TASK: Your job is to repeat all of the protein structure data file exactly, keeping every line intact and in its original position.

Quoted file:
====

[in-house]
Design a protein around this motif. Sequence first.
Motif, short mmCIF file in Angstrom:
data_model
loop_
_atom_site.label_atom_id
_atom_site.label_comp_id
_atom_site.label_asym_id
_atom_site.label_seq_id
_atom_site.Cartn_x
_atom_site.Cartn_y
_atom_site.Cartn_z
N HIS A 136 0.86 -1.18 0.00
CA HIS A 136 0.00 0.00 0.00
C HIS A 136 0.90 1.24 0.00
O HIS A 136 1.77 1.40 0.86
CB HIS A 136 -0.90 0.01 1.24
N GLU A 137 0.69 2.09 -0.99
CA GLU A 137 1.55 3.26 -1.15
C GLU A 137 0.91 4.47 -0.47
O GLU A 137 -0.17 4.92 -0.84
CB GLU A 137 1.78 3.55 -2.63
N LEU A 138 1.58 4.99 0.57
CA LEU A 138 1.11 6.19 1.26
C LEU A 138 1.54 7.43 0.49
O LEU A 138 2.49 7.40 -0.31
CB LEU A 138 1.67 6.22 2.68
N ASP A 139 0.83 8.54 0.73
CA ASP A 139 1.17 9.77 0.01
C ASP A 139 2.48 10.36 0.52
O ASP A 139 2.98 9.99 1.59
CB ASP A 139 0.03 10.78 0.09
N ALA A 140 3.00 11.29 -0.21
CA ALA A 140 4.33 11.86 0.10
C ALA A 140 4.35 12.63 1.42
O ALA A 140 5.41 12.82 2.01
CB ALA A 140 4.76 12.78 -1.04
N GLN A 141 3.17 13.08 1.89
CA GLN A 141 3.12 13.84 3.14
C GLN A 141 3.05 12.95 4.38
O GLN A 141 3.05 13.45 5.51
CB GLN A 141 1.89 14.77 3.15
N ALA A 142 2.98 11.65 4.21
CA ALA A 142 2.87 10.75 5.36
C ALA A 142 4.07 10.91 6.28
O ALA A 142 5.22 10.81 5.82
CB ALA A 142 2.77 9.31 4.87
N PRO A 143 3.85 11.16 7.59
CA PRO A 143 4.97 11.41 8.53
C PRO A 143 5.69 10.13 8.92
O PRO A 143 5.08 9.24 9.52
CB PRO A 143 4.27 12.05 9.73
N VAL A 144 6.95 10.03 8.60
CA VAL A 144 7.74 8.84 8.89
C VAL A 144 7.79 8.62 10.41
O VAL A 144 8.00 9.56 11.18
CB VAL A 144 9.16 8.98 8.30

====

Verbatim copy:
[in-house]
Design a protein around this motif. Sequence first.
Motif, short mmCIF file in Angstrom:
data_model
loop_
_atom_site.label_atom_id
_atom_site.label_comp_id
_atom_site.label_asym_id
_atom_site.label_seq_id
_atom_site.Cartn_x
_atom_site.Cartn_y
_atom_site.Cartn_z
N HIS A 136 0.86 -1.18 0.00
CA HIS A 136 0.00 0.00 0.00
C HIS A 136 0.90 1.24 0.00
O HIS A 136 1.77 1.40 0.86
CB HIS A 136 -0.90 0.01 1.24
N GLU A 137 0.69 2.09 -0.99
CA GLU A 137 1.55 3.26 -1.15
C GLU A 137 0.91 4.47 -0.47
O GLU A 137 -0.17 4.92 -0.84
CB GLU A 137 1.78 3.55 -2.63
N LEU A 138 1.58 4.99 0.57
CA LEU A 138 1.11 6.19 1.26
C LEU A 138 1.54 7.43 0.49
O LEU A 138 2.49 7.40 -0.31
CB LEU A 138 1.67 6.22 2.68
N ASP A 139 0.83 8.54 0.73
CA ASP A 139 1.17 9.77 0.01
C ASP A 139 2.48 10.36 0.52
O ASP A 139 2.98 9.99 1.59
CB ASP A 139 0.03 10.78 0.09
N ALA A 140 3.00 11.29 -0.21
CA ALA A 140 4.33 11.86 0.10
C ALA A 140 4.35 12.63 1.42
O ALA A 140 5.41 12.82 2.01
CB ALA A 140 4.76 12.78 -1.04
N GLN A 141 3.17 13.08 1.89
CA GLN A 141 3.12 13.84 3.14
C GLN A 141 3.05 12.95 4.38
O GLN A 141 3.05 13.45 5.51
CB GLN A 141 1.89 14.77 3.15
N ALA A 142 2.98 11.65 4.21
CA ALA A 142 2.87 10.75 5.36
C ALA A 142 4.07 10.91 6.28
O ALA A 142 5.22 10.81 5.82
CB ALA A 142 2.77 9.31 4.87
N PRO A 143 3.85 11.16 7.59
CA PRO A 143 4.97 11.41 8.53
C PRO A 143 5.69 10.13 8.92
O PRO A 143 5.08 9.24 9.52
CB PRO A 143 4.27 12.05 9.73
N VAL A 144 6.95 10.03 8.60
CA VAL A 144 7.74 8.84 8.89
C VAL A 144 7.79 8.62 10.41
O VAL A 144 8.00 9.56 11.18
CB VAL A 144 9.16 8.98 8.30